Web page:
Nails, Bolts, Screws, and Fasteners

    Nails, Bolts, Screws, and Fasteners

    The Fix-It Club offers basic information on a variety of household repairs. Most repairs require mechanical fasteners. In the photo are (left to right) nails, screws, bolt with washer and nut, and wall anchors. Your home has hundreds of fasteners in it, holding walls together, binding appliance components, keeping the floor from[More...]
  • Easy Ways to Take Things Apart

    disassembling things Easy Ways to Take Things Apart

    Some appliances specifically state “No Serviceable Parts Inside.” That typically means that even if you get it open there won’t be anything in there to replace, so reconsider fixing it.

    The Fix-It Club helps thousands of people each day for more than a decade with free repair help. One challenge that keeps many people from repairing things is figuring out how to take things apart — and get them back together when done.

    Disassembling things is an important part of repair whether you are performing toaster repair, motor repair, riding lawn mower repair, washer repair, iPhone repair, computer repair, car repair, and many other consumer repairs. You’ll want to be able to reassemble an item properly whether it’s done today, tomorrow, or once you’ve found some parts a month from now. Here’s how to take things apart:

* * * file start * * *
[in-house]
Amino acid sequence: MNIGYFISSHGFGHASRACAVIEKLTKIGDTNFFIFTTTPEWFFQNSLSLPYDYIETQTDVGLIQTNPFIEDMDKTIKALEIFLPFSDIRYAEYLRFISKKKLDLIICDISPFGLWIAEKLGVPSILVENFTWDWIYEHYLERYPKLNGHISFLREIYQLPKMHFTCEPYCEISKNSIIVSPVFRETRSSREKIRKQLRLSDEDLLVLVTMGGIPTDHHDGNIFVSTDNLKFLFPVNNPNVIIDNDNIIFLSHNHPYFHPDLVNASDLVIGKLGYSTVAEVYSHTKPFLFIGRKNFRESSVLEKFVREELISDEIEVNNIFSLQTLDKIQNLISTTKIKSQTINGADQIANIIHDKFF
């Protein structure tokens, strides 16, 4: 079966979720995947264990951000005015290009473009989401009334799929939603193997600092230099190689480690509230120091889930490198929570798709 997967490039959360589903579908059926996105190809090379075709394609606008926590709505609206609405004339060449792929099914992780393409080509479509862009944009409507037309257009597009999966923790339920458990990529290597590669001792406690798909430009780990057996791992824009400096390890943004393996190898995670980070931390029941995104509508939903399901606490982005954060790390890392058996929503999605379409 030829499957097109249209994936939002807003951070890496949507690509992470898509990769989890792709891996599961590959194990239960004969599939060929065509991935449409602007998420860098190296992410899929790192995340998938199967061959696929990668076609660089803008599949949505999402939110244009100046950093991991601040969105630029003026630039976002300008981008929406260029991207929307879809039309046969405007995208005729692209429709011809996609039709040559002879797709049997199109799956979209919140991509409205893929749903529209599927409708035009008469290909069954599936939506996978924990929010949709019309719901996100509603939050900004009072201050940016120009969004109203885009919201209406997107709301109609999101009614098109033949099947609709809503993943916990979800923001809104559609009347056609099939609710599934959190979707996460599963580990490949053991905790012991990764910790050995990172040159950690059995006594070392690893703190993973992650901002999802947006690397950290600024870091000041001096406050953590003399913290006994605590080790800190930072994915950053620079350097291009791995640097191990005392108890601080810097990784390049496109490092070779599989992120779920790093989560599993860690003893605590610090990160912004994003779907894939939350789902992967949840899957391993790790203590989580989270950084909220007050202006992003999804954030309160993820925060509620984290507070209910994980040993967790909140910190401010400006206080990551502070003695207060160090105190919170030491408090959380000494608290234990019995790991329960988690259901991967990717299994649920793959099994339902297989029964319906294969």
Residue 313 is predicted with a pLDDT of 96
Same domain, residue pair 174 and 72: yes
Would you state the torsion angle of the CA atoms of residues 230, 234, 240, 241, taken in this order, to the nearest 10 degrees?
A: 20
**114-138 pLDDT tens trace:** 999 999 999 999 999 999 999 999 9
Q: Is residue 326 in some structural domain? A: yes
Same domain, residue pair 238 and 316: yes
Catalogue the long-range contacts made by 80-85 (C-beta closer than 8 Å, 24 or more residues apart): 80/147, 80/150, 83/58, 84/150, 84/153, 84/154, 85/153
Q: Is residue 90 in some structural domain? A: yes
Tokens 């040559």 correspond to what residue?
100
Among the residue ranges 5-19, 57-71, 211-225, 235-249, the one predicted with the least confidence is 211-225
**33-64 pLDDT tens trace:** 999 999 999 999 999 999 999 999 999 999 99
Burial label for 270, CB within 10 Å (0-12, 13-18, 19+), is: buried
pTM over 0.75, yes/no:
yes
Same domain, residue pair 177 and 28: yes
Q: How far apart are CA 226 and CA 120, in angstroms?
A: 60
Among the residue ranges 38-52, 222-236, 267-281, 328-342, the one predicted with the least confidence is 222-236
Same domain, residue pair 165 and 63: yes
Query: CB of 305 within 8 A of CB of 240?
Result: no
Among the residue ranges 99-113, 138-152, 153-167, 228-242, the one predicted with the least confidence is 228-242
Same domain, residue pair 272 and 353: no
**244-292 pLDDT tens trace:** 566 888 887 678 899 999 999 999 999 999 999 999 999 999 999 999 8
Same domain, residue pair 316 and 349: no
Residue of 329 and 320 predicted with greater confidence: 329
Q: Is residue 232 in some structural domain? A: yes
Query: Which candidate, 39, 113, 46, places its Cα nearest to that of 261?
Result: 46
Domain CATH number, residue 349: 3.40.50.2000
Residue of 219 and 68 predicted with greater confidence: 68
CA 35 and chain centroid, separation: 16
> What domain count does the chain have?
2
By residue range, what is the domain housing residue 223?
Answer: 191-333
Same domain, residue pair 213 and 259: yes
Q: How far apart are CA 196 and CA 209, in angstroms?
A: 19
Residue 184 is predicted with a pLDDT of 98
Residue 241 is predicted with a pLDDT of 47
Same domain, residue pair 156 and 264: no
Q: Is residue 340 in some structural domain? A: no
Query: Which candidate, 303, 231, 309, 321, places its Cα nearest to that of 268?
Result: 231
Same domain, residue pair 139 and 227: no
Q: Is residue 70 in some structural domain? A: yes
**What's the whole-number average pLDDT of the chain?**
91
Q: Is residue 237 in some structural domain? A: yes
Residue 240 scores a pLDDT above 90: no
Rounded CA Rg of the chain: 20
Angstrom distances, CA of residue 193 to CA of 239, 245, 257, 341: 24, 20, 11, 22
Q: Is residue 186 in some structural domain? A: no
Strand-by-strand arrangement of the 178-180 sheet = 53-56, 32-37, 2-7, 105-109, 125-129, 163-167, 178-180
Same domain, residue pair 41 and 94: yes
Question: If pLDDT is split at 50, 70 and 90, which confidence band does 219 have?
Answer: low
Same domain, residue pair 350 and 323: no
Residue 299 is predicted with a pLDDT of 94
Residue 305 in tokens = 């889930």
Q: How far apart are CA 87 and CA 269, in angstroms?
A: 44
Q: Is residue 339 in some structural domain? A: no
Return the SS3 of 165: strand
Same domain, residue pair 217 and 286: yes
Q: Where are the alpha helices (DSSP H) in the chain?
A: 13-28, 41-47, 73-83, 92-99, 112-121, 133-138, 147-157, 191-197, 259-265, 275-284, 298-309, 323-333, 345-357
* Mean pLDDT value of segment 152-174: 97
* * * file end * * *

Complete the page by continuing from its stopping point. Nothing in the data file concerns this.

• Find a place where you can take things apart and leave everything out for an hour or a day, if you need to stop and get additional parts.
    • Make notes on disassembly and needed parts numbers.
    • For tougher repairs or when you know it will be awhile before you can get replacement parts, use a film or digital camera to take photos of the disassembly process.
    • If you know you will be reassembling everything within the next couple of hours, lay the parts in a line as they come off, left to right, and reassemble right to left.
    • Use old muffin pans, empty frozen dinner dishes, clean coffee cans, clean plastic containers, or other containers to collect parts as they are removed.
    disassembling things2 Easy Ways to Take Things Apart

    When disassembling, put parts in a small tray or container in the order of their removal. It makes reassembly much easier. (The mini-muffin pan pictured here costs less than $1 at a garage sale.)

    Steps to Take Things Apart

    Intimidated by what you see when you open up something to fix it? Don’t be. Most things are made of components, more than one part. And each of these components is replaceable. It’s just a matter if figuring how the thing works, which parts or components don’t work, and replacing the problem part(s). Many Fix-It Guides include photos or drawings that let you see what’s inside the device or object — you’ll know what you’re getting in to.